characters and the occasional panhandler. Besides in the movies that picture, I have quickly learned , is reserved for life in a big and glitzy city like New York , and that in most parts of the U.S. hopping on and off subways in order to get around is simply unheard of. I obviously had no clue about this until we relocated to
, and while it is certainly a great city in its own right, Tampa is not glitzy or glamorous in the way that New York City is , in fact it is often described as the nicer but far less attractive and flashier cousin to Miami. So as the weeks went by and we slowly transitioned into our new life here, I began to notice (with much horror) that the convenient and readily available trains and buses which I had previously relied on while living in Canada and Singapore was absolutely nowhere to be found in Tampa.
It is hard to tell whether it is the lack of an efficient and convenient public transport system here in Tampa which forces everyone to depend on their cars to get around or whether it is in fact that there is such a small number of people in need of trains and buses on a daily basis that there simply isn't a high demand for public transport. Because there always appears to be a higher number of cars in restaurant or mall parking lots , I have become convinced that there must be at least two cars for every person here in Tampa and their pet! Either way , one thing that has become very clear during these past few months and that is my old luck appears to have run out - I absolutely and positively need to apply for a driving licence to be able to be able to live here!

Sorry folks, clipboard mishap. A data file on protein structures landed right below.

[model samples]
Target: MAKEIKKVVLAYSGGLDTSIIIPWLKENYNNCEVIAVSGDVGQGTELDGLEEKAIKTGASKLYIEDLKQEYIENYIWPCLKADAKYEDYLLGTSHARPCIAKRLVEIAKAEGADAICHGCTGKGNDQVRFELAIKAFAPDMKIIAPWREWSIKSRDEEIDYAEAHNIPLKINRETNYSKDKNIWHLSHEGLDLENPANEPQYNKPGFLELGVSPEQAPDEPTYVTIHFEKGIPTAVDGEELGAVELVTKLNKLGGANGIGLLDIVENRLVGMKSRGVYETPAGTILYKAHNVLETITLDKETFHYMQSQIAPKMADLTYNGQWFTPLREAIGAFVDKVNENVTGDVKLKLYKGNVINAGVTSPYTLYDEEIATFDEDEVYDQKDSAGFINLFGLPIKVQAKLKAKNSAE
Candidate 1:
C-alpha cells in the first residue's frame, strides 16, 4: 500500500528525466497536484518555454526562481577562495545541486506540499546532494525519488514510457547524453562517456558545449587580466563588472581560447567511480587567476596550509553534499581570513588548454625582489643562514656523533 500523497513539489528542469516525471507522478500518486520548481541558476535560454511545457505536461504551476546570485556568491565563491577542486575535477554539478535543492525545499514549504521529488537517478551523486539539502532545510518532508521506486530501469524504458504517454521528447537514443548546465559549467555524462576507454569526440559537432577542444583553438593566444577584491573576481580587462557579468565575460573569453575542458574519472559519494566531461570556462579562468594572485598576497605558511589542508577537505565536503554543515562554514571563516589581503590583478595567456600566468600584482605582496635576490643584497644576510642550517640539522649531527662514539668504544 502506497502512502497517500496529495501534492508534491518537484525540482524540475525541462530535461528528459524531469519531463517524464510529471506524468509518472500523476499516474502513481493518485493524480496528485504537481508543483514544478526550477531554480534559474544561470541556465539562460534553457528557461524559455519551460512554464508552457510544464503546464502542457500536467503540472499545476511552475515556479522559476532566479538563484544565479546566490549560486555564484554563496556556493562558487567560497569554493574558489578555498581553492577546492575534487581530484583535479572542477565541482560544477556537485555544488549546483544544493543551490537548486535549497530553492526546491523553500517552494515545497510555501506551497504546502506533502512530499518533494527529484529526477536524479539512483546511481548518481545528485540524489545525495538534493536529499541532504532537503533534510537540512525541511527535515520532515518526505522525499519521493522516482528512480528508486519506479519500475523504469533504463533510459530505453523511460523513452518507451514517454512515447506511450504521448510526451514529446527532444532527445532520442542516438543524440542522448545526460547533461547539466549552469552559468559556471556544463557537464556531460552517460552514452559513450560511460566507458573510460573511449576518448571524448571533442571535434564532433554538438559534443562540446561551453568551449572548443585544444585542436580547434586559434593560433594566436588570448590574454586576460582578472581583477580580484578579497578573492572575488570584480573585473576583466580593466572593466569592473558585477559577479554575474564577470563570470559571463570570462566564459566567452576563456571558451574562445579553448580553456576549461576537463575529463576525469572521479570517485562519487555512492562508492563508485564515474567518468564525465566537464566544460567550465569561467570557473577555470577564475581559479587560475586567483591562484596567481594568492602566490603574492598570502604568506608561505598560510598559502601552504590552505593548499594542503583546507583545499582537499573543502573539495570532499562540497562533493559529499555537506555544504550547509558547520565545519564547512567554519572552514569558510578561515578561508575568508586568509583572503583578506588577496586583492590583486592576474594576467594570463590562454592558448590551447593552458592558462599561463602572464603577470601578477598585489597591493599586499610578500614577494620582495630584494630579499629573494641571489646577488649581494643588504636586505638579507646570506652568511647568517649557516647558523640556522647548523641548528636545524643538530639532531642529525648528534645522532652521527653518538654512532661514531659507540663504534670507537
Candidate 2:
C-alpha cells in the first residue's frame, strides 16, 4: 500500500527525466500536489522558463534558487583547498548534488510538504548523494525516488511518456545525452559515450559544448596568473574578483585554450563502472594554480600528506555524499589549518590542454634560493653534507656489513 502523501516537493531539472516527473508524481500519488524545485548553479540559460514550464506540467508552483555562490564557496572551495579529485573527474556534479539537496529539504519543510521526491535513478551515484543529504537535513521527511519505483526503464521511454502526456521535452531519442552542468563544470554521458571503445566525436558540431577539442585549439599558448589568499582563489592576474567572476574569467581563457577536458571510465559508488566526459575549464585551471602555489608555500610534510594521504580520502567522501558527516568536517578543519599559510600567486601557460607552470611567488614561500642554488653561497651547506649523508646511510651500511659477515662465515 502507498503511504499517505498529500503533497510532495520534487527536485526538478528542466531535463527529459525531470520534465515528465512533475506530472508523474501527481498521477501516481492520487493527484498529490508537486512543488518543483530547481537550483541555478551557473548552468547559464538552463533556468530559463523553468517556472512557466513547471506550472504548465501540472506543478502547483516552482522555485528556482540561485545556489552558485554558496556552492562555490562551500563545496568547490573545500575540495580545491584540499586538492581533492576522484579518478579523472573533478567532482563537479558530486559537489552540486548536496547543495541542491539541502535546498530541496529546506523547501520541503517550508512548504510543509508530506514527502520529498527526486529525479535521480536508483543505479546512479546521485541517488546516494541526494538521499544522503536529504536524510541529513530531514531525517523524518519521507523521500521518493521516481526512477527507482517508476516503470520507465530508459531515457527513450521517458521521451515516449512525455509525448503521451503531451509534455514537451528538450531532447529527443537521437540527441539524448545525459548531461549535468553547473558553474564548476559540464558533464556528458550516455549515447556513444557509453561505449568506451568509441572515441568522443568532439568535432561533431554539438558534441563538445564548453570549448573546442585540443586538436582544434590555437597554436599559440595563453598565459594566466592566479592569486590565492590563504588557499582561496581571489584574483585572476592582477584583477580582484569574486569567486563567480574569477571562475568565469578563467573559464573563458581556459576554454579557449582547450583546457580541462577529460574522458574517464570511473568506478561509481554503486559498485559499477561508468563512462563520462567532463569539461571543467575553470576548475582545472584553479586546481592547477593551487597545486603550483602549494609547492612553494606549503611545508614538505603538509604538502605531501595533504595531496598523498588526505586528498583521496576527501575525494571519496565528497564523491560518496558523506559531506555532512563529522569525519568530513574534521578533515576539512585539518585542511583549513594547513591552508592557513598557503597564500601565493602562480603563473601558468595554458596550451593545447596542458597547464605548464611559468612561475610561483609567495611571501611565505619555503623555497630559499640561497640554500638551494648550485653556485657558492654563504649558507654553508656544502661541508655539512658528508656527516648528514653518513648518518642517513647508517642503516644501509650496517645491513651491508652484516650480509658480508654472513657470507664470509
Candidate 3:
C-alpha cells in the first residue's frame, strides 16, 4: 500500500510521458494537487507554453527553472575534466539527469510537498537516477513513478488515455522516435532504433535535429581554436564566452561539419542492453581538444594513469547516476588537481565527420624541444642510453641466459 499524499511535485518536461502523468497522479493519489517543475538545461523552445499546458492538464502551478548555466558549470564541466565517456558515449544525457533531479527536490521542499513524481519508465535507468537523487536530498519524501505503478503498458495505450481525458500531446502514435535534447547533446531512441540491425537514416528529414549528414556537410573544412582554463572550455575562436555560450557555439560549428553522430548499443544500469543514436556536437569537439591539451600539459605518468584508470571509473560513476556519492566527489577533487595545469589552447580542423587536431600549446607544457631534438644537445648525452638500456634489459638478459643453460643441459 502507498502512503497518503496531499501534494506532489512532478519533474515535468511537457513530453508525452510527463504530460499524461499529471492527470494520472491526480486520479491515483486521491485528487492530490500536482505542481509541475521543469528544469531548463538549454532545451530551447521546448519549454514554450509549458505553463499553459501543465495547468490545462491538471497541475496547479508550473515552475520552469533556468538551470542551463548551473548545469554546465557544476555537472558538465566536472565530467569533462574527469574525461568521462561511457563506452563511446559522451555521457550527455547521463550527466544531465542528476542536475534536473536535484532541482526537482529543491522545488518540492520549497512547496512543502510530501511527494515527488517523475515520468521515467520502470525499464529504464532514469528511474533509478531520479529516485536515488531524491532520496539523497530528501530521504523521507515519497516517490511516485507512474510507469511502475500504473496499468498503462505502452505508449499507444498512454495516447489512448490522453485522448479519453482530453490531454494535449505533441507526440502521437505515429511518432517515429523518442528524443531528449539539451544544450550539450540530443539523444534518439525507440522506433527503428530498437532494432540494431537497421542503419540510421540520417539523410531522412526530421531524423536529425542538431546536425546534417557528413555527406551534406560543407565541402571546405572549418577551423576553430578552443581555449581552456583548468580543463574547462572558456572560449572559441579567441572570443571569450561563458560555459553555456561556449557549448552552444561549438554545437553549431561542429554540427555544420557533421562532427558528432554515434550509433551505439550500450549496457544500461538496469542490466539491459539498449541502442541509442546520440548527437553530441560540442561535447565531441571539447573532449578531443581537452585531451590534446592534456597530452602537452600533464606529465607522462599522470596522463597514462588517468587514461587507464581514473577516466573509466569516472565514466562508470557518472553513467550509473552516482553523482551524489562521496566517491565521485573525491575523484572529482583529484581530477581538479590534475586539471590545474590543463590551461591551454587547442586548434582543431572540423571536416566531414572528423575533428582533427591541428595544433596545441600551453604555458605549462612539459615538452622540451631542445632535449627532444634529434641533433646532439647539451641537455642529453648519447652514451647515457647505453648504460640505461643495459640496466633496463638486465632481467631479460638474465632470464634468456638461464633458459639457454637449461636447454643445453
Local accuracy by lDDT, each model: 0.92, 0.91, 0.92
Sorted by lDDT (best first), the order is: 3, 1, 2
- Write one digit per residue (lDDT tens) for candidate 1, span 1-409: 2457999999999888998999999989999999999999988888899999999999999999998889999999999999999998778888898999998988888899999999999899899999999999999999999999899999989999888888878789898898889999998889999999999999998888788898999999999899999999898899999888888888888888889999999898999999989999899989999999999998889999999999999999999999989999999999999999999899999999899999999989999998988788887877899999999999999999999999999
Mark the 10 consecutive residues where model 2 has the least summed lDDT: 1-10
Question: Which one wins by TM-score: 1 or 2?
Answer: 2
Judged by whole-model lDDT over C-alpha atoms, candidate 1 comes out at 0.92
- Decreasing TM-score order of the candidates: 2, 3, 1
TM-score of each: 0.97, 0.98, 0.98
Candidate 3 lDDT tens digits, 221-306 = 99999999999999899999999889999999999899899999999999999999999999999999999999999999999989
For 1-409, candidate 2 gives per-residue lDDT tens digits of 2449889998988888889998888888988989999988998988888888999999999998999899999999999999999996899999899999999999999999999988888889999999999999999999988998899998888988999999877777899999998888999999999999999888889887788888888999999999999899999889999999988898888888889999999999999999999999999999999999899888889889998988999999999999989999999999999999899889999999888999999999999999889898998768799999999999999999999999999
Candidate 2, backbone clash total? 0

Coming from a country where a huge proportion of the population relies heavily on a convenient public transport system to commute to work or run errands on a daily basis, I must admit that I find it strange to be living somewhere where people rely so heavily on having to drive around everywhere to avoid becoming stranded! Without being able to drive , running different errands around this city has been nightmarish and I personally dread to think of the amount of cash spent hiring taxis and Ubers in order to get around here.
But , as with anything in life , complainers get absolutely nowhere except into everyone's 'annoying & must avoid ' list.